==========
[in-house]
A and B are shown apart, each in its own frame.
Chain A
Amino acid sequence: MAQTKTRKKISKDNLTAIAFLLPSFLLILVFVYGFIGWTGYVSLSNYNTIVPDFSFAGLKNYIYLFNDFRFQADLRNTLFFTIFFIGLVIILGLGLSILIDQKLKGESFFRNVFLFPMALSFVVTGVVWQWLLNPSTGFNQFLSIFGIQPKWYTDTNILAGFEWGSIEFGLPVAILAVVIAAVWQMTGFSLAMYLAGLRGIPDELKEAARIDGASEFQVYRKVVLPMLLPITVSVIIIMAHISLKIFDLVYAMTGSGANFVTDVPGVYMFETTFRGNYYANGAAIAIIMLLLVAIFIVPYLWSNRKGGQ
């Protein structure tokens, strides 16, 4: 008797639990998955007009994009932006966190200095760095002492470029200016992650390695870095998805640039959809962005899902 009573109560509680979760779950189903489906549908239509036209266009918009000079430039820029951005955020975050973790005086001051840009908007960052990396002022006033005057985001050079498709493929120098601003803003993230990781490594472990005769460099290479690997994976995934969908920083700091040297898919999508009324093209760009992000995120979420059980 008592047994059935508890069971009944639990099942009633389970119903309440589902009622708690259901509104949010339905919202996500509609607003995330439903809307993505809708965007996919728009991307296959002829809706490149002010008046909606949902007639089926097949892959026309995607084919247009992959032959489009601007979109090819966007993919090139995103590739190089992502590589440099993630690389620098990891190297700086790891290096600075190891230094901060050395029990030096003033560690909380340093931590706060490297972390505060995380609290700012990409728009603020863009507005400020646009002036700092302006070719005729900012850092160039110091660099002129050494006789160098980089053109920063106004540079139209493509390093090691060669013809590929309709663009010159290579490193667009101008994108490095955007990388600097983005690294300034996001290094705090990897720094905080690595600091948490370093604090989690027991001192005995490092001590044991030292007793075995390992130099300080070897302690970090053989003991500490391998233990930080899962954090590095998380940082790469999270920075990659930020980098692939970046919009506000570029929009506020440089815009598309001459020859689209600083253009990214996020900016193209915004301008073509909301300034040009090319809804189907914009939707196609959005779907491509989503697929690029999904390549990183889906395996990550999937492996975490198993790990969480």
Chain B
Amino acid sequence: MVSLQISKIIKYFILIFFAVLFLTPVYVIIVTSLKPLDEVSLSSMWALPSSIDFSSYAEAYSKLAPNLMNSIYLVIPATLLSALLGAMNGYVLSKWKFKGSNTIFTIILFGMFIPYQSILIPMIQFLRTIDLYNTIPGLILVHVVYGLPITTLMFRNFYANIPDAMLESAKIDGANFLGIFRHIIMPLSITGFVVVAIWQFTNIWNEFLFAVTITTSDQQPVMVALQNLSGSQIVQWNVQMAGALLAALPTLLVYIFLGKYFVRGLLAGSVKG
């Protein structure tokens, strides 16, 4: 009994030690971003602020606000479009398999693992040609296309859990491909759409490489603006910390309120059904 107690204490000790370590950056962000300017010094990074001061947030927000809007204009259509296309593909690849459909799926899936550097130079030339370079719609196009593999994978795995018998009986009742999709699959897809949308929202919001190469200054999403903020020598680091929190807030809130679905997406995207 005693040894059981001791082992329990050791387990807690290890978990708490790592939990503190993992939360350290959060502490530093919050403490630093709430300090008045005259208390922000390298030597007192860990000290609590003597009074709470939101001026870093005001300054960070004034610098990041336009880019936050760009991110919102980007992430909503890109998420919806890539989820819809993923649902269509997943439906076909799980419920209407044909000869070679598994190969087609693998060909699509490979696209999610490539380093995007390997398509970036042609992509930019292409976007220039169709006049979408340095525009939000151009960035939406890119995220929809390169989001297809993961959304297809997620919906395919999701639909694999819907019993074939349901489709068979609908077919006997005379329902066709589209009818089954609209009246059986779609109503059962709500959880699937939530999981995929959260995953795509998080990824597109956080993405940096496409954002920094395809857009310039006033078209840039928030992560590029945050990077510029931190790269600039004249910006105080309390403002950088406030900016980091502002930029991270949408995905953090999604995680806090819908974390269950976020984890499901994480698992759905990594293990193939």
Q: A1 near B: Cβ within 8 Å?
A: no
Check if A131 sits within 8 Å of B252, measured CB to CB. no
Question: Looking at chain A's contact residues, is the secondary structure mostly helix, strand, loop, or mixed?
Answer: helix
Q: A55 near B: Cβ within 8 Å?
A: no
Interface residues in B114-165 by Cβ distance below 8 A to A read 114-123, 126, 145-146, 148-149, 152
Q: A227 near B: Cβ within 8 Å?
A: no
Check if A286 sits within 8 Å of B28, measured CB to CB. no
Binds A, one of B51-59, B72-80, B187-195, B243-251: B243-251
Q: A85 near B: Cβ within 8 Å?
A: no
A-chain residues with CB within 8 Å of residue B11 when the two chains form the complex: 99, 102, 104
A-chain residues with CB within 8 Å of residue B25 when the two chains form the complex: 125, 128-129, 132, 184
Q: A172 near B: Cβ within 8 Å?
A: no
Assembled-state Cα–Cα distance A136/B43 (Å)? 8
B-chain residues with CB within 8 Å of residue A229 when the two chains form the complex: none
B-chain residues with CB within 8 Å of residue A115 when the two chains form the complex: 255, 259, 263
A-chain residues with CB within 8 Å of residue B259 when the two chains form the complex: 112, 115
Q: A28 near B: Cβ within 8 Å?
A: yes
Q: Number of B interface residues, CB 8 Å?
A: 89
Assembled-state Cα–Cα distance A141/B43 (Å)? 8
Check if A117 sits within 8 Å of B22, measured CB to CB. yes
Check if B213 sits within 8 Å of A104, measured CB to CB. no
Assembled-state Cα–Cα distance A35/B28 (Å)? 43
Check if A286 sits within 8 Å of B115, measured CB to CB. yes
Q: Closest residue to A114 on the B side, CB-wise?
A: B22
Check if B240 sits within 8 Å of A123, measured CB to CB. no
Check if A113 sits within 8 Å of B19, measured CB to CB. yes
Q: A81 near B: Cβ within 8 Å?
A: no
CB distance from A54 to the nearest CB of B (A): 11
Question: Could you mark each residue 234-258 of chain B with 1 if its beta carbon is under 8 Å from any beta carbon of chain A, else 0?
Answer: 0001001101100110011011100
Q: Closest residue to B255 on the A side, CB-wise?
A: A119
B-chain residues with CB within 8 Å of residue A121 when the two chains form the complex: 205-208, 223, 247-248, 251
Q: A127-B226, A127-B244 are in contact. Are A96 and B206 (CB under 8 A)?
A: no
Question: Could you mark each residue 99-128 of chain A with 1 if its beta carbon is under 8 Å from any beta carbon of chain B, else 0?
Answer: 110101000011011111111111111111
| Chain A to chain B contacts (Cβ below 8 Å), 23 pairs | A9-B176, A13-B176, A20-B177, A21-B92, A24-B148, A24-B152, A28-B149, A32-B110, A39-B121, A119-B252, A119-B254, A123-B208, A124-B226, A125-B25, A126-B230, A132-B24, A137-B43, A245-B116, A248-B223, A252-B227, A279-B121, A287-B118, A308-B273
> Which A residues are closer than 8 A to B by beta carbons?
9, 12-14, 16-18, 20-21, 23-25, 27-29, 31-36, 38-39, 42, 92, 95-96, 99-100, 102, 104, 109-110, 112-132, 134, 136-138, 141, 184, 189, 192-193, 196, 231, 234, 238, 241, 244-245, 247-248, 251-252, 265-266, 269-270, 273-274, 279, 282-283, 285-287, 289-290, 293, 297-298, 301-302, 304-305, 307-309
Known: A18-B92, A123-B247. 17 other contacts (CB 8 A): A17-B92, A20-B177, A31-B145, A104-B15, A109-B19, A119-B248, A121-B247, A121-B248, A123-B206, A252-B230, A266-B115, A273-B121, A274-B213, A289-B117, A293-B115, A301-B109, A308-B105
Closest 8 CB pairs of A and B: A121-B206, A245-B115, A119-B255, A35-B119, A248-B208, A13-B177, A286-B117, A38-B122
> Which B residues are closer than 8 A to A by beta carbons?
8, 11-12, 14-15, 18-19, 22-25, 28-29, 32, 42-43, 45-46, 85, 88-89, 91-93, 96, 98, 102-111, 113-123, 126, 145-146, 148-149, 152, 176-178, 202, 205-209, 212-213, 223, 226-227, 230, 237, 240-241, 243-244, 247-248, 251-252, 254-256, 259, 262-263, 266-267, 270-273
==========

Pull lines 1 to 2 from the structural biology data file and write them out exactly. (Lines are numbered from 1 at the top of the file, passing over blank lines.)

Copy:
[in-house]
A and B are shown apart, each in its own frame.